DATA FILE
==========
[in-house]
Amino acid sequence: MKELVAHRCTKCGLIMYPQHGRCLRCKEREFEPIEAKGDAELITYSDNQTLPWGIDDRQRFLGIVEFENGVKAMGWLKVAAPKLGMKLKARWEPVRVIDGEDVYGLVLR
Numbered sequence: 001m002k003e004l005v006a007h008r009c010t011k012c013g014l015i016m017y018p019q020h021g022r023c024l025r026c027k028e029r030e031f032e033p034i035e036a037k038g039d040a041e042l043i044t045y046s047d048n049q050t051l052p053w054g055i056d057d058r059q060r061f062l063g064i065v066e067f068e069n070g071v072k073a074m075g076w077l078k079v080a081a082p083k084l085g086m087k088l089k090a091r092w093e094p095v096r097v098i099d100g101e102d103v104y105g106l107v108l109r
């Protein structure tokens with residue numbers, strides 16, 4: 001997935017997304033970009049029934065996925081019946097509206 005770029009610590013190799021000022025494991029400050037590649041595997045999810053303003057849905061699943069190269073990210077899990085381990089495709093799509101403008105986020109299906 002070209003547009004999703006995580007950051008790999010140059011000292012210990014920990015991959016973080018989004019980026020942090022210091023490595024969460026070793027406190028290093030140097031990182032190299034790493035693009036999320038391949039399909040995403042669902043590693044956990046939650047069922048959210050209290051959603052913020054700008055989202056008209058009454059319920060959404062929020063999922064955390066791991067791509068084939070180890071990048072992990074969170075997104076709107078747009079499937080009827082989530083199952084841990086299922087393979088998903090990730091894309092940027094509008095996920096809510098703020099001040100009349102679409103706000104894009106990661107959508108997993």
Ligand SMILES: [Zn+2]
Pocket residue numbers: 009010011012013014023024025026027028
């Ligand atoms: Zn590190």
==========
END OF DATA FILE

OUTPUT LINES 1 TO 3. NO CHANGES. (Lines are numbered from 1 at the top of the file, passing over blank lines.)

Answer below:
[in-house]
Amino acid sequence: MKELVAHRCTKCGLIMYPQHGRCLRCKEREFEPIEAKGDAELITYSDNQTLPWGIDDRQRFLGIVEFENGVKAMGWLKVAAPKLGMKLKARWEPVRVIDGEDVYGLVLR
Numbered sequence: 001m002k003e004l005v006a007h008r009c010t011k012c013g014l015i016m017y018p019q020h021g022r023c024l025r026c027k028e029r030e031f032e033p034i035e036a037k038g039d040a041e042l043i044t045y046s047d048n049q050t051l052p053w054g055i056d057d058r059q060r061f062l063g064i065v066e067f068e069n070g071v072k073a074m075g076w077l078k079v080a081a082p083k084l085g086m087k088l089k090a091r092w093e094p095v096r097v098i099d100g101e102d103v104y105g106l107v108l109r